Serbian president heads to UN after Kosovo independence claimFebruary 18th, 2008 - 1:00 pm ICT by admin
Pristina/Belgrade/New York, Feb 18 (DPA) Serbian President Boris Tadic was heading for an urgent meeting of the UN Security Council Monday as the dust continued to settle on Kosovo’s declaration of independence from Belgrade. Russia, which backs Serbia’s claim to Kosovo, called for the meeting shortly after Kosovo’s assembly unanimously passed the independence declaration Saturday.
Russia’s UN Ambassador Vitaly Churkin called on the UN mission in Kosovo (UNMIK), which has supervised Kosovo’s uneasy stance since the NATO bombing in 1999, to declare Kosovo’s independence illegal.
Although Kosovo’s independence proclamation was long expected, the move brought few immediate formal recognitions of nationhood from foreign capitals.
The US, Britain and some European countries have backed a UN plan for internationally supervised independence. The US Sunday urged both sides in Kosovo to avoid provocations and pledged to support Serb minority rights.
Asked early Sunday about Kosovo’s independence before the actual declaration, Bush, who is travelling in Africa, told reporters in Tanzania that Kosovo’s status “must be resolved in order for the Balkans to be stable” and reassured Serbia’s people that “they have a friend in America.”
The presidents of Georgia’s breakaway provinces Abkhazia and Southern Ossetia said they were planning similar independence initiatives, delivering fuel to Russia’s argument that Kosovo’s independence will spread a contagious and dangerous wave of ethnic separatism across Europe.
Fireworks illuminated the sky above Pristina Sunday night, and die-hard enthusiasts celebrated well into the cold night with concerts and street dancing. The echo went round the world, with ethnic Albanians celebrating at Times Square in New York, Vienna, Macedonia and Montenegro.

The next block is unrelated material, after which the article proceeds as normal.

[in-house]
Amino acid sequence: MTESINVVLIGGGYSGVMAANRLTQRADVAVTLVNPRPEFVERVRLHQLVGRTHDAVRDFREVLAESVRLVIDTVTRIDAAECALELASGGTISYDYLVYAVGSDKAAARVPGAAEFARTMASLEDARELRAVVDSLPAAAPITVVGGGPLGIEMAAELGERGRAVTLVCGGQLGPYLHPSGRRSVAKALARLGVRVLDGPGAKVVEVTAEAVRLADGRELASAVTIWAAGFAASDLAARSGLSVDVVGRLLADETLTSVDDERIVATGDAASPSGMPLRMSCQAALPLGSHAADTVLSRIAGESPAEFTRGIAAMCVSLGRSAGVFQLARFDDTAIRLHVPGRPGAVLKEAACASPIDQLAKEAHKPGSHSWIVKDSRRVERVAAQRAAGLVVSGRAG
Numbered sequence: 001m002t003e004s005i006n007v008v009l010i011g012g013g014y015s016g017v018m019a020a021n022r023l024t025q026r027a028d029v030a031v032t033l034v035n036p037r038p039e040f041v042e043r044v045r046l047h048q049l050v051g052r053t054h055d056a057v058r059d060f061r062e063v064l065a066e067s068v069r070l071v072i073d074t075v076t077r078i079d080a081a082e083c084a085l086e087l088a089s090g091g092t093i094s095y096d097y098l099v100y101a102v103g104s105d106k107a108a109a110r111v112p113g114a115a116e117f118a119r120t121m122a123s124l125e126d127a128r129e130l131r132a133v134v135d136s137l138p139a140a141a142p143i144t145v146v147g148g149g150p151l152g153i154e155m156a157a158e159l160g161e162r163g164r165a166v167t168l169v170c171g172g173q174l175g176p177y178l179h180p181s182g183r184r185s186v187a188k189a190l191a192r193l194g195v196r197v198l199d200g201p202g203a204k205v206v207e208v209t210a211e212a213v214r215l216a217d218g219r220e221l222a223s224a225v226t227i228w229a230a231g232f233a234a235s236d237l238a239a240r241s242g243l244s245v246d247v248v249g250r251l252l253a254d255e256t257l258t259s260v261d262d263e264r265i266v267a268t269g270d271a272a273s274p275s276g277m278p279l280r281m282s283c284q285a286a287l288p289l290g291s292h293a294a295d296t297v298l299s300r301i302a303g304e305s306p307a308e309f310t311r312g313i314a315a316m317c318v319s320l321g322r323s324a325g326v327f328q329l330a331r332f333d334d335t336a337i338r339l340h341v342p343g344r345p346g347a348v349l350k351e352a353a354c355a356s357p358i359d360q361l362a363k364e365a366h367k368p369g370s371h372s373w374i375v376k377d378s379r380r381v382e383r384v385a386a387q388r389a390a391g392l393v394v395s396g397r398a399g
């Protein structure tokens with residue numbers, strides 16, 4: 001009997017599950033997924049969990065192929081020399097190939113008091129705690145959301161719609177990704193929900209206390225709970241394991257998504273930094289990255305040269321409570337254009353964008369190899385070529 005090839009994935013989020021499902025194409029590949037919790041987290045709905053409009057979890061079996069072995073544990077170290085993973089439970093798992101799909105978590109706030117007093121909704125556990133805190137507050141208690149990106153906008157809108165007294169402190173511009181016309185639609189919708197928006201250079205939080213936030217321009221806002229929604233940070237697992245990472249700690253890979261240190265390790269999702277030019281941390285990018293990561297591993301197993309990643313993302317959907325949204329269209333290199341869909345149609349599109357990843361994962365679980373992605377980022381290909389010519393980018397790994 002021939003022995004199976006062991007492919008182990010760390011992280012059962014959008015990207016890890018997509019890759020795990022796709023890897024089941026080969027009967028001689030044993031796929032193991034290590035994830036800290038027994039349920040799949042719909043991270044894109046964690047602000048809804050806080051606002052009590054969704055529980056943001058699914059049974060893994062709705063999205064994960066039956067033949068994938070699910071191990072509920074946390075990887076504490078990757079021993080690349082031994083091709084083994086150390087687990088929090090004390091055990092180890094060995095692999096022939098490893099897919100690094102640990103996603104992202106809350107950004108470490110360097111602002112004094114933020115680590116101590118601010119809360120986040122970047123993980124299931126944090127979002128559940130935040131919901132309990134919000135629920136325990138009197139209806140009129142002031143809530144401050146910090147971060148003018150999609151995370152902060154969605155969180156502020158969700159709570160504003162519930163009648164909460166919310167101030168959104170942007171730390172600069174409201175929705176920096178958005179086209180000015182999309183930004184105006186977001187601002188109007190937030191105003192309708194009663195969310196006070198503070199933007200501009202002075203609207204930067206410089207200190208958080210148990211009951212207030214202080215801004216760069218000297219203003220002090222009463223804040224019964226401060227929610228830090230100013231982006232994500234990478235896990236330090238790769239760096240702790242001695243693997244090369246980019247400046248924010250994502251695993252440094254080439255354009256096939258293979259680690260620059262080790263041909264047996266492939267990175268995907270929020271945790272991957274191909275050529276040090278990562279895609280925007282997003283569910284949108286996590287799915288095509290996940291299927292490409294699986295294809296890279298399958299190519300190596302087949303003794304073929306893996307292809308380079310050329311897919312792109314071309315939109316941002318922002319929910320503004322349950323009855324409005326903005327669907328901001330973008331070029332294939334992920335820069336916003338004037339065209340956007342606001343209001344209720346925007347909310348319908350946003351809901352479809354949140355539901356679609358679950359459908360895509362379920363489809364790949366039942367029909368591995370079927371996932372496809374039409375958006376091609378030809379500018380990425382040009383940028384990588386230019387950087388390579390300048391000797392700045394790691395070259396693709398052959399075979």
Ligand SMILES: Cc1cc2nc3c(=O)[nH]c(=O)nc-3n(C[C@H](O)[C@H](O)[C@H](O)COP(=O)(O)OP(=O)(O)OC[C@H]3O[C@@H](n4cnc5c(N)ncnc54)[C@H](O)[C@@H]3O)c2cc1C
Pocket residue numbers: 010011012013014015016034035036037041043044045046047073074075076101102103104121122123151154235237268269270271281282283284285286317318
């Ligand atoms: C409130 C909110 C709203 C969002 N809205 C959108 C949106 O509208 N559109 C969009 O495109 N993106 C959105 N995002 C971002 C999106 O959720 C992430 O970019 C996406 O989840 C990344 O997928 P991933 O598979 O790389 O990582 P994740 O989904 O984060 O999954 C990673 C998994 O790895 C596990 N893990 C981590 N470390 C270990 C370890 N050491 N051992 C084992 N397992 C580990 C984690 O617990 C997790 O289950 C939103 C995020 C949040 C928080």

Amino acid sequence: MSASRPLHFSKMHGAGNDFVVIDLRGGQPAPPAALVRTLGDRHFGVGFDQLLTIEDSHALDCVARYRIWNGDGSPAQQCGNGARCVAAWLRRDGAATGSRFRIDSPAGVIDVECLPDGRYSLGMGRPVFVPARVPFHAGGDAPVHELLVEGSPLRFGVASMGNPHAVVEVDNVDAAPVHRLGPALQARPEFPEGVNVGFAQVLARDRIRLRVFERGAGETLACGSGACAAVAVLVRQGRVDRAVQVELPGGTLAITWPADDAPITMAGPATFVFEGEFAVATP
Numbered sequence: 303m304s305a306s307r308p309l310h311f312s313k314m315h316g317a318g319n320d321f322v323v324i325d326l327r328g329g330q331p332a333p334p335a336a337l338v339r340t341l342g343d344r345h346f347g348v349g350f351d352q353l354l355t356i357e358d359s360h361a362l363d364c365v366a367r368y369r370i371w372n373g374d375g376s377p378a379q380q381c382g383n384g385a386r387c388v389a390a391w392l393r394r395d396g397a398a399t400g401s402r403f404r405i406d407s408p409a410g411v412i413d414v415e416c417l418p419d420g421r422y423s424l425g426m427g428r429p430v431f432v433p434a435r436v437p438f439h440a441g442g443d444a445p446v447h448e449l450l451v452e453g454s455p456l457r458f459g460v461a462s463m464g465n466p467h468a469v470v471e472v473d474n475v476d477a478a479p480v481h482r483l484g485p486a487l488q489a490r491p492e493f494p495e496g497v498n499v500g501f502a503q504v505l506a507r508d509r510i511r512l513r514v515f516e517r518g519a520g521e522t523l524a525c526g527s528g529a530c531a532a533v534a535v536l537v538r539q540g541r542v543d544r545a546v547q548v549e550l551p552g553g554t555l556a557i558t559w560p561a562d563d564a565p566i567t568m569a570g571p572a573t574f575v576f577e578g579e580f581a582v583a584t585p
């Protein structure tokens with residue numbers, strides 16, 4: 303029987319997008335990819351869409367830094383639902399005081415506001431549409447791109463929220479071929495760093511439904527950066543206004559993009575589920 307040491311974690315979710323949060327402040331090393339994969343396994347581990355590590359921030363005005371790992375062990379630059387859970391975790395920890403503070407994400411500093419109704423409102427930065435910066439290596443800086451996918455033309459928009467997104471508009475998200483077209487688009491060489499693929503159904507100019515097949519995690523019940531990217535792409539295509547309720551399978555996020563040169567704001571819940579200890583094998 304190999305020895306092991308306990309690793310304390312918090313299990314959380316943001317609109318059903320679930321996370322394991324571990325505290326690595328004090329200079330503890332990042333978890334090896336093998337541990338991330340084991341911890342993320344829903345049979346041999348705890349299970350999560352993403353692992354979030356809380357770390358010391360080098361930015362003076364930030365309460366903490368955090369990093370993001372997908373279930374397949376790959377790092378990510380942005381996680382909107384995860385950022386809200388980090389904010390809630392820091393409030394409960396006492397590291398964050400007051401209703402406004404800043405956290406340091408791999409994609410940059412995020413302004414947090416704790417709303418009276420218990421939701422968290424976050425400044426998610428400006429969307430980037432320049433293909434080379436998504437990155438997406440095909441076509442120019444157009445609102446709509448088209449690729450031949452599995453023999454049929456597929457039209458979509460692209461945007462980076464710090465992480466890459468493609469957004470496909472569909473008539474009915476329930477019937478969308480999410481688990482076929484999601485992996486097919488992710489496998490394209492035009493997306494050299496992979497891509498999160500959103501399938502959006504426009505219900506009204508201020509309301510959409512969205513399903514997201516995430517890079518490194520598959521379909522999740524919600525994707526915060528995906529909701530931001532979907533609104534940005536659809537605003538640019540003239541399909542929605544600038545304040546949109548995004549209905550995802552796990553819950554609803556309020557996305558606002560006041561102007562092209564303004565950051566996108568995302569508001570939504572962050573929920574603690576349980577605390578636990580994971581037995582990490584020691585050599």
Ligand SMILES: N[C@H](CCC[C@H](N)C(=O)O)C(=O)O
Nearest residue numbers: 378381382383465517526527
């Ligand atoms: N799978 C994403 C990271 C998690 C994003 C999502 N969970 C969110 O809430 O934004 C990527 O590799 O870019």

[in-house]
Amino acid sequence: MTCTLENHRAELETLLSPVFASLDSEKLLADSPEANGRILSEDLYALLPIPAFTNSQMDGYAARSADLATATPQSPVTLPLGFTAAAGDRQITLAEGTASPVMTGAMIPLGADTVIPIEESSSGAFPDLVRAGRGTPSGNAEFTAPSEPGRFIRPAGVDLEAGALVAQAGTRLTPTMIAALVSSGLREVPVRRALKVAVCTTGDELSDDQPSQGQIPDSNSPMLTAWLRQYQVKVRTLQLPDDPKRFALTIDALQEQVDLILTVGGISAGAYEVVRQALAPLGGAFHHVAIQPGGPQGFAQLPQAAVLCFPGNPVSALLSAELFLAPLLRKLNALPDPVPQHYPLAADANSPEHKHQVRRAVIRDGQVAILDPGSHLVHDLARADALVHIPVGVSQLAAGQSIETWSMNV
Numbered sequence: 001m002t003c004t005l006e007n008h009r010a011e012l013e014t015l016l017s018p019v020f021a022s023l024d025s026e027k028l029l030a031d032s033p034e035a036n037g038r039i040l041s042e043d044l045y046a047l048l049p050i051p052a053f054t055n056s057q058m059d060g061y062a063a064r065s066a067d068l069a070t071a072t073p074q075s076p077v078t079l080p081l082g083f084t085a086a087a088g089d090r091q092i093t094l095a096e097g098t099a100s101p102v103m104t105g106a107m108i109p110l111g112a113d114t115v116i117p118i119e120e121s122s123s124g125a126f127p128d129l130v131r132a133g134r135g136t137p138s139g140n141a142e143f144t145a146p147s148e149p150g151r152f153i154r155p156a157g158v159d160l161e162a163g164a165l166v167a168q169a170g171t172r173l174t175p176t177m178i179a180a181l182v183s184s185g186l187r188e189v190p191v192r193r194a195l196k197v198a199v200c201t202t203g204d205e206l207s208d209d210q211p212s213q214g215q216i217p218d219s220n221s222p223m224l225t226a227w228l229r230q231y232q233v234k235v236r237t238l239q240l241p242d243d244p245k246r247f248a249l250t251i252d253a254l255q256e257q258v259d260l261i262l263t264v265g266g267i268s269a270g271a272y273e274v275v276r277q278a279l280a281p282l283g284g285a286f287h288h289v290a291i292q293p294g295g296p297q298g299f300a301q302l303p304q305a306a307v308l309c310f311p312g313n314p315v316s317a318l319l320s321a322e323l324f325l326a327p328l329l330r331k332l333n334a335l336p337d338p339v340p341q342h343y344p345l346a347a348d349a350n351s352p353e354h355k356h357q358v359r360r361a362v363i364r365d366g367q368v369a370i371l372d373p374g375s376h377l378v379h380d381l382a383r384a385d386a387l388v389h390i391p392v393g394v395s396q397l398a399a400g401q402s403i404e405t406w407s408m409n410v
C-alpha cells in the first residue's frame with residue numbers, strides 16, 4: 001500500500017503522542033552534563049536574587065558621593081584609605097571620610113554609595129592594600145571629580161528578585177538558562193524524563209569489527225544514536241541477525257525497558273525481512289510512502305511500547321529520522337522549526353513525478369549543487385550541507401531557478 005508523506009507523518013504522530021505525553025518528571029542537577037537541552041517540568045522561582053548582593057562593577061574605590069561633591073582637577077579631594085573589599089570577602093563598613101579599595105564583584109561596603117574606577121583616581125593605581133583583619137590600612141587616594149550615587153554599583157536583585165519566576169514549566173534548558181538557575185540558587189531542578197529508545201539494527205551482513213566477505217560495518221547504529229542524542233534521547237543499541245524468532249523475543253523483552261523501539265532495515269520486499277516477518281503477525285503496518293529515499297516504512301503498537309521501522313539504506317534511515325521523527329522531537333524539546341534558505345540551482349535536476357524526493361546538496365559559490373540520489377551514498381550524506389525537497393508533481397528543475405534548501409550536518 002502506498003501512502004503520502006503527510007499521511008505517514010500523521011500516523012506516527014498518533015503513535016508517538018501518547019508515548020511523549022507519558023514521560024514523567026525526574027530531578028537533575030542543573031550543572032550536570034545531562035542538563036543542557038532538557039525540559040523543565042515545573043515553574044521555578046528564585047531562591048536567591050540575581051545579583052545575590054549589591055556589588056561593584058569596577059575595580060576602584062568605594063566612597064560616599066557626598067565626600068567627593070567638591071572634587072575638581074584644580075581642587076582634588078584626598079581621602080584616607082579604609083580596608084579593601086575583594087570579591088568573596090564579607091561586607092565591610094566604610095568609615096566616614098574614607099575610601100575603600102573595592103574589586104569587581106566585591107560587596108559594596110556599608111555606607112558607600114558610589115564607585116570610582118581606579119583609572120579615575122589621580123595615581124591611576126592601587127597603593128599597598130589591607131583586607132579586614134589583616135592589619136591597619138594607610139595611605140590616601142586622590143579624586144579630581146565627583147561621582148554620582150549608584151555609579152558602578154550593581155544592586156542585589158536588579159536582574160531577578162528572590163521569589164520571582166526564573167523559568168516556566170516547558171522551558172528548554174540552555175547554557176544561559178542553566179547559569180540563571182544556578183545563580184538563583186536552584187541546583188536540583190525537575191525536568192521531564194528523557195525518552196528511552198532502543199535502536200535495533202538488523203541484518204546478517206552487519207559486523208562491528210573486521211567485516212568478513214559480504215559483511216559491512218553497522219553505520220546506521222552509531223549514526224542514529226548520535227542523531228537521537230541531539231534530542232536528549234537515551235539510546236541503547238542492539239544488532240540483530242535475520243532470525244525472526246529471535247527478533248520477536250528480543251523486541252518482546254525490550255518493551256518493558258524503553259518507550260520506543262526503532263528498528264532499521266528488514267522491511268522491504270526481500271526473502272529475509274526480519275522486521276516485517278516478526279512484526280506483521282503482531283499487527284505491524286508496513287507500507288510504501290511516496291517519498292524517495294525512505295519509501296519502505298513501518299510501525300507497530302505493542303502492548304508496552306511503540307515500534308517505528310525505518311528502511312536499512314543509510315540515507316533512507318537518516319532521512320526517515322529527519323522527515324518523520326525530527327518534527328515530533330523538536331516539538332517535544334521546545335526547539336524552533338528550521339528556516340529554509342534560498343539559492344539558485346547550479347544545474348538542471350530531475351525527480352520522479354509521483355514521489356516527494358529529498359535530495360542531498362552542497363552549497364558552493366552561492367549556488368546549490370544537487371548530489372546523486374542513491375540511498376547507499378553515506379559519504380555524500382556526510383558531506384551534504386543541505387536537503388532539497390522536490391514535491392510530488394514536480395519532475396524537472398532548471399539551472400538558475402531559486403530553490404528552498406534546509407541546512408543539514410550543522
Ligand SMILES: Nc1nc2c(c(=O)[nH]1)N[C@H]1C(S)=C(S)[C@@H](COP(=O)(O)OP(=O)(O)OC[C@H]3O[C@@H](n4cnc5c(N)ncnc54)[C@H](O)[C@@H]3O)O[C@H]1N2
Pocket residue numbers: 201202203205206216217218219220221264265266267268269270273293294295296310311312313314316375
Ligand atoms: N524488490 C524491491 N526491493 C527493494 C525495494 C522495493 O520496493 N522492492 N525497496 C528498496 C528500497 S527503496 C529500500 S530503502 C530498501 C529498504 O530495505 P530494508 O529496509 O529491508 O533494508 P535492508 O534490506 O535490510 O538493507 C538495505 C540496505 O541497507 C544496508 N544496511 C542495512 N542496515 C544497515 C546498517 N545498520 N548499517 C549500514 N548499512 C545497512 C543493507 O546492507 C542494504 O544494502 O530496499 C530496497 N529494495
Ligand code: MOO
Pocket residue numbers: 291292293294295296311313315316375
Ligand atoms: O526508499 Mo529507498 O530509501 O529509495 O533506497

In mirror image, angry protests lasted well into the night in Serbia’s capital Belgrade. More than 65 people were injured and taken to hospital, the half of them police officers and journalists.
Protestors targeted the US and Slovenian embassies, and demonstrators clashed with police outside the Albanian embassy. Strong police protection encircled the city’s mosques.
Kosovo would be the sixth state carved from the Serb-dominated federation since 1991, after Slovenia, Croatia, Macedonia, Bosnia and Montenegro.
Kosovo has been run by the UN since mid-1999, after a NATO air assault drove out Serbian forces waging a brutal crackdown on separatist ethnic Albanian guerrillas and their civilian supporters.
Belgrade has signalled its intention to impose political, diplomatic and economic sanctions on Kosovo if it declared independence. Serbia’s National Assembly already voted to call any Kosovo breakaway null and void.
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Tags: abkhazia, angry protests, boris tadic, ethnic albanians, ethnic separatism, formal recognitions, independence claim, independence declaration, kosovo independence, minority rights, mirror image, nationhood, ossetia, president boris, pristina, provocations, un mission in kosovo, un security council, unmik, vitaly